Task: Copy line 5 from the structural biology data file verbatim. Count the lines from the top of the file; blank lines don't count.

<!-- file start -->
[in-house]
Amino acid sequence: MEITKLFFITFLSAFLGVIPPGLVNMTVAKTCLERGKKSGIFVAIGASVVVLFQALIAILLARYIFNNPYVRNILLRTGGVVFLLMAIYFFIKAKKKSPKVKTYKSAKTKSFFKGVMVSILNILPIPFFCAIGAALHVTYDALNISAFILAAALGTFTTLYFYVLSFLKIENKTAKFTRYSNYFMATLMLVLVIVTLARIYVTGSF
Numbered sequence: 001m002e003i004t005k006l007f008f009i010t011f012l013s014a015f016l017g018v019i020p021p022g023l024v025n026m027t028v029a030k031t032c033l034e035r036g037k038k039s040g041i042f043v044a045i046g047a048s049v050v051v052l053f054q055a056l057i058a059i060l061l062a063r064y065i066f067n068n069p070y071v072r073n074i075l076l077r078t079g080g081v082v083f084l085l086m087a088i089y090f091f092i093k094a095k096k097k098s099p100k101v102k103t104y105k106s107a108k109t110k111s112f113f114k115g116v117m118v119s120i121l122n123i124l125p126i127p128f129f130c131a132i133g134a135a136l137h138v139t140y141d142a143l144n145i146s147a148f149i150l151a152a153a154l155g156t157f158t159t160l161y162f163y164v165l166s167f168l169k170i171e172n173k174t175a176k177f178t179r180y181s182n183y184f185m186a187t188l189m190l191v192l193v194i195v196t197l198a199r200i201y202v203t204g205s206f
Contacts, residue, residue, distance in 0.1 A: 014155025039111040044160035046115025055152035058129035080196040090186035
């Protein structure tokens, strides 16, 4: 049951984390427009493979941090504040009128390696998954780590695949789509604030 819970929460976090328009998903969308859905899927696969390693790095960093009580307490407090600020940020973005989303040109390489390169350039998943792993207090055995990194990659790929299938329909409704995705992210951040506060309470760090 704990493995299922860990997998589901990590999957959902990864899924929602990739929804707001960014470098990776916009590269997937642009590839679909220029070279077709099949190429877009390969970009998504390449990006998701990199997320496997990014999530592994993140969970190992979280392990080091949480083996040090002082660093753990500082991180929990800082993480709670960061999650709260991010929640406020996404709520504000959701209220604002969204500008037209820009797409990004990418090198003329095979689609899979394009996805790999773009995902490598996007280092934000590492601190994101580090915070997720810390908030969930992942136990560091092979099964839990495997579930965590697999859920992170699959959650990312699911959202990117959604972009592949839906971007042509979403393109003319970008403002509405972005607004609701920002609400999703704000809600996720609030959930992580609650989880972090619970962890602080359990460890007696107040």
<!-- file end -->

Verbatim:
């Protein structure tokens, strides 16, 4: 049951984390427009493979941090504040009128390696998954780590695949789509604030 819970929460976090328009998903969308859905899927696969390693790095960093009580307490407090600020940020973005989303040109390489390169350039998943792993207090055995990194990659790929299938329909409704995705992210951040506060309470760090 704990493995299922860990997998589901990590999957959902990864899924929602990739929804707001960014470098990776916009590269997937642009590839679909220029070279077709099949190429877009390969970009998504390449990006998701990199997320496997990014999530592994993140969970190992979280392990080091949480083996040090002082660093753990500082991180929990800082993480709670960061999650709260991010929640406020996404709520504000959701209220604002969204500008037209820009797409990004990418090198003329095979689609899979394009996805790999773009995902490598996007280092934000590492601190994101580090915070997720810390908030969930992942136990560091092979099964839990495997579930965590697999859920992170699959959650990312699911959202990117959604972009592949839906971007042509979403393109003319970008403002509405972005607004609701920002609400999703704000809600996720609030959930992580609650989880972090619970962890602080359990460890007696107040």